NFT Swap Order Scam: How to Avoid It
|— NFT swap orders are a popular way of trading your non-fungibles in a peer-to-peer way.|
— But popular swap-order interfaces fail to show some key details – giving users a false sense of security, and creating an opportunity for scams.
— In this article, we explain the mechanics of the classic NFT swap order scam – so you can give it a body swerve.
In September 2022, a regular NFT trader fell victim to one of the newest scams in the Web3 space. The victim agreed to an NFT swap – but was tricked into agreeing to receive a fake token, losing their prized MAYC token in exchange.
The NFT swap order scam is rife, but the key to avoiding it is knowing what to look out for. So in this article, we walk you through the scam, explain exactly how it worked – and show you the red flags that could enable YOU to avoid losing an NFT in the same way.
NFT Swap Order Scam Explained
Peer-to-peer NFT trades are one of the newest options to hit the crypto market – they enable users to make direct swaps between wallets, without using a central protocol. Platforms such as NFTTrader and Sudoswap enable NFT swaps in a secure way via something called a swap order.
What is an NFT swap order?
A swap order is a customized trade that can be created by anyone looking to swap an NFT. By signing a swap order, you give permission to whatever instruction it contains – in this case, permission to take a given NFT from your wallet.
Using swap orders enables NFTs to be traded directly between users’ wallets – the trade can either be for another NFT, for crypto, or for a mixture of both. The precise conditions of the trade are determined by whoever creates the order.
Once created, the swap order will have its own page containing full details of the trade, including: a picture of the tokens being traded, a link to the OpenSea page showing the host smart contract for the token and a link to the Etherescan page showing full detail of that smart contract.
How did the scam work?
In this case, the victim was contacted directly by the scammer via a private message. The scammer proposed a swap between two MAYC tokens, volunteering to throw in some extra ETH as part of the deal. The scammer then created the swap order, and sent the code to the victim. This is the swap page it generated:
The left side of the page shows the assets the scammer was trading – in theory, an MAYC and some ETH, as agreed. The right side shows what the victim was trading.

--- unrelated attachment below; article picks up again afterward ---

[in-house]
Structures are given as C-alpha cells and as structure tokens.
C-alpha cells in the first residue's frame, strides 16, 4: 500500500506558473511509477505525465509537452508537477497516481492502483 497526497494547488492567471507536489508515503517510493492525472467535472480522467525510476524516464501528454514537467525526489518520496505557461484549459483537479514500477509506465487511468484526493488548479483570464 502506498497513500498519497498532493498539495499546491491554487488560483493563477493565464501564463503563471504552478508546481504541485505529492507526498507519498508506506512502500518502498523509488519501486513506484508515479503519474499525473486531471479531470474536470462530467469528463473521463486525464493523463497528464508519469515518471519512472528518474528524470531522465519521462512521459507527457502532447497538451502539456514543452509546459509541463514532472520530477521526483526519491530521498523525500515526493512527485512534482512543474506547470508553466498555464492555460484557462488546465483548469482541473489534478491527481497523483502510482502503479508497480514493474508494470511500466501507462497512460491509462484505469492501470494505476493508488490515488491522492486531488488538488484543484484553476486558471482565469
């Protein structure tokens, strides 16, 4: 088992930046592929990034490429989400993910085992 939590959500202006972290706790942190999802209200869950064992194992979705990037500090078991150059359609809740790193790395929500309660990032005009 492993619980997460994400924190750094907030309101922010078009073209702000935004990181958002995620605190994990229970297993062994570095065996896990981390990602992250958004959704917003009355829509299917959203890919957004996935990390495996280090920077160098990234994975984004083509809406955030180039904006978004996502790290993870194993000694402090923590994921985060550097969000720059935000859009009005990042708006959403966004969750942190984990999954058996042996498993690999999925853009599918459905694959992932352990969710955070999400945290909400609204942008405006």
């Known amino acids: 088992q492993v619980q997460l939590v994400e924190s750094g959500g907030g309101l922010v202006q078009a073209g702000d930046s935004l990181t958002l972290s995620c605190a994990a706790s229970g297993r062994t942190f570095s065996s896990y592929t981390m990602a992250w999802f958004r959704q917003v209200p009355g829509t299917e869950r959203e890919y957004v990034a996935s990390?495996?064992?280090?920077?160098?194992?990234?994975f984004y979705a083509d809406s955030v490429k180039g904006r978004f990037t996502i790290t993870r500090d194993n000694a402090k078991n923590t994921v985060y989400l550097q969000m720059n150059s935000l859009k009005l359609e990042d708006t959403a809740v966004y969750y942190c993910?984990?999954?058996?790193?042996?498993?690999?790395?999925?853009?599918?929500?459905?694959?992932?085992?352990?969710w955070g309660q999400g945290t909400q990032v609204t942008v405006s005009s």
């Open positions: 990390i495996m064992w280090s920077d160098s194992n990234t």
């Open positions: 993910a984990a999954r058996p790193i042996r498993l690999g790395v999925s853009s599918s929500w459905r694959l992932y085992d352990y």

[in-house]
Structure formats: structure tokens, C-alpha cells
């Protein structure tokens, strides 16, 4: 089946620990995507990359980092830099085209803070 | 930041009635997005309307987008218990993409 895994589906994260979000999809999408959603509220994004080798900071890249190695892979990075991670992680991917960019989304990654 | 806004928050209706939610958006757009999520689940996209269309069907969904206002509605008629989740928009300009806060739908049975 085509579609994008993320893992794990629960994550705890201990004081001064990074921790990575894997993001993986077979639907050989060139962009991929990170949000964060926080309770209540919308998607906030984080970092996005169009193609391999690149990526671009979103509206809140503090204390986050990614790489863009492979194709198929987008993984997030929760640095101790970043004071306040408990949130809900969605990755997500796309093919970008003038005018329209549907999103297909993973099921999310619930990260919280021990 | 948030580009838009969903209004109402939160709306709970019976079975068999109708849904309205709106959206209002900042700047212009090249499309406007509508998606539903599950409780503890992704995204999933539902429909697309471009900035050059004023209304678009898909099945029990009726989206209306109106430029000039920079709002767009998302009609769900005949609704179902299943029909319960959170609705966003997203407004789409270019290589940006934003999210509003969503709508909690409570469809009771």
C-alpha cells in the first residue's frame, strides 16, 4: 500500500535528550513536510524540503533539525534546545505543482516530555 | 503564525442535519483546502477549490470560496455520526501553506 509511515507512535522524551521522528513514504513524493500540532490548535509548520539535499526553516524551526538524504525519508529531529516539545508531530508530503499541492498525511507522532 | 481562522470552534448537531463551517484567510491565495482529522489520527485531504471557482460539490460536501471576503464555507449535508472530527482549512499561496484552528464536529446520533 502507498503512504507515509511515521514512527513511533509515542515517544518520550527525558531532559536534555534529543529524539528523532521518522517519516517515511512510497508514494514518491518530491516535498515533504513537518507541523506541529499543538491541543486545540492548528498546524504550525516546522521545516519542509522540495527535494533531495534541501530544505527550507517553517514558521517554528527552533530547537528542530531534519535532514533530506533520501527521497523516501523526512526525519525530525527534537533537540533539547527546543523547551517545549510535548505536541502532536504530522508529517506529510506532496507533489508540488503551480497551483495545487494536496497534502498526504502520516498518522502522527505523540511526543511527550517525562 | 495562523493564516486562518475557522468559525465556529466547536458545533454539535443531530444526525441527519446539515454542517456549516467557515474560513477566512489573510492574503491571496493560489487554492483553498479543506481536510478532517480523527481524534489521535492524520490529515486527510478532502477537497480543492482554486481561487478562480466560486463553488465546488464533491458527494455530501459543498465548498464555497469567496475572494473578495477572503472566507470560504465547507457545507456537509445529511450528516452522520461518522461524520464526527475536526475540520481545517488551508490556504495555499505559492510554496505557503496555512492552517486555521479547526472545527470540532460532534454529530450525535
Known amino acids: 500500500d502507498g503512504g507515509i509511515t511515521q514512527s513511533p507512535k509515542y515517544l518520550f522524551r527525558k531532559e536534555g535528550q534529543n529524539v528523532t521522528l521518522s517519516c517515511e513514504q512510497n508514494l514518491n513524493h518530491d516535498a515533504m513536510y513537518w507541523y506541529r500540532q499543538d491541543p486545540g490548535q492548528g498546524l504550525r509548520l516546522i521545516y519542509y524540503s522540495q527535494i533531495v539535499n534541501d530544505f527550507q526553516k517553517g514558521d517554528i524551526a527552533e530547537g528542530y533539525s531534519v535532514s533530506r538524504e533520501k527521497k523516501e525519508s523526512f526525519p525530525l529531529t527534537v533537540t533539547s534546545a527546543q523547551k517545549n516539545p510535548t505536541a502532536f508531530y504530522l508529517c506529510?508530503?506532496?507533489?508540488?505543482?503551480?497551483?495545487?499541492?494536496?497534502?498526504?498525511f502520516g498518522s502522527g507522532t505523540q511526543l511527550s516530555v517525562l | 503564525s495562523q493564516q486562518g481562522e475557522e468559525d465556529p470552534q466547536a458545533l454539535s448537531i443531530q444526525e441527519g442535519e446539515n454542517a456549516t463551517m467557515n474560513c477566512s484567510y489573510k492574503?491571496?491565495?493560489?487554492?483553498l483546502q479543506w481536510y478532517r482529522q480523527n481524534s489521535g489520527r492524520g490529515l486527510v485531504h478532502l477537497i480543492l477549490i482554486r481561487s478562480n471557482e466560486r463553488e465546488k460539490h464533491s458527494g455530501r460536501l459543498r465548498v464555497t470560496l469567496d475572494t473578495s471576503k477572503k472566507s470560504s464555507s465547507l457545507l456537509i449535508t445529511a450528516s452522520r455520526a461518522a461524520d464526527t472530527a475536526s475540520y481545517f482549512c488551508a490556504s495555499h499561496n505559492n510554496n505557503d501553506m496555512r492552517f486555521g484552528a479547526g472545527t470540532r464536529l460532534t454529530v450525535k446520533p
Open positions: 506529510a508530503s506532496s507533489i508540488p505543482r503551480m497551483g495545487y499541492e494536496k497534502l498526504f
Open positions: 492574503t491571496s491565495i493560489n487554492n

The Hidden Details
Although the swap page appears clear and transparent, there’s a lot of detail it doesn’t show.
For example, it really doesn’t prove anything in terms of what collection the incoming NFT is coming from. Remember, any image can be minted onto the blockchain; the only way to really be sure it is from a genuine collection is to examine the underlying smart contract. This can be done by clicking on the Etherscan embed within the page.
A look at the smart contract specifics on Etherscan would have revealed a couple of big red flags about this swap.
- A brand new smart contract: the fake NFT belonged to a smart contract created just the day before the swap – the genuine MAYC collection was first minted in August 2021.
- Name spelled incorrectly: the NFT contract name contained a spelling error, a sure sign it wasn’t the real deal.
By not cross-checking the token using Etherscan, the buyer missed key opportunities to detect the scam – and effectively sold their MAYC for a fraction of its worth (the ETH throw-in element of the deal was valid, thanks to the SudoSwap protocol)
Now you have all the relevant context, let’s recap now exactly how this scam worked – and what measures you, the buyer, would use to avoid it yourself.
- Swap orders are created by whoever proposes the NFT trade
- The order page shows you the NFT image – but no smart contract information
- The scammer creates a fake NFT using images from the real collection
- The fake NFT (looking like the real deal) appears on the swap page, seeming legit
- Trusting buyers don’t scrutinize beyond this – and hit confirm on the scam
How to avoid the NFT swap order scam
Web3 is full of scams and dupes – but we have great news for you: with absolutely everything existing on-chain, you have more power than ever to look behind the scenes and check out exactly what you’re buying.
Here are a few different ways you can spot this scam yourself.
When swapping, always use Etherscan to:
- Check the contract creation date or when the tokens were first minted to ensure they match the real collection
- Check out the transaction activity to see if the trading volume matches what you’d expect from a big collection
- Verify that the Etherscan page itself is genuine by cross-checking the contract ID with the project’s official site or Opensea
- Check for spelling errors in the name of the contract page
Keep learning, stay secure
Web3’s buzzing internet of value presents a world of new options, all of them accessible directly from your wallet. But here, your hard-earned crypto is always at stake – and mistakes don’t have an “undo” button.
That’s why it’s never been more important to understand what types of scam are being deployed, and how to spot them. We’re here to help you with that.
Welcome to Ledger Academy’s dedicated Scams Glossary – your essential resource for navigating Web3 safely. See you next time.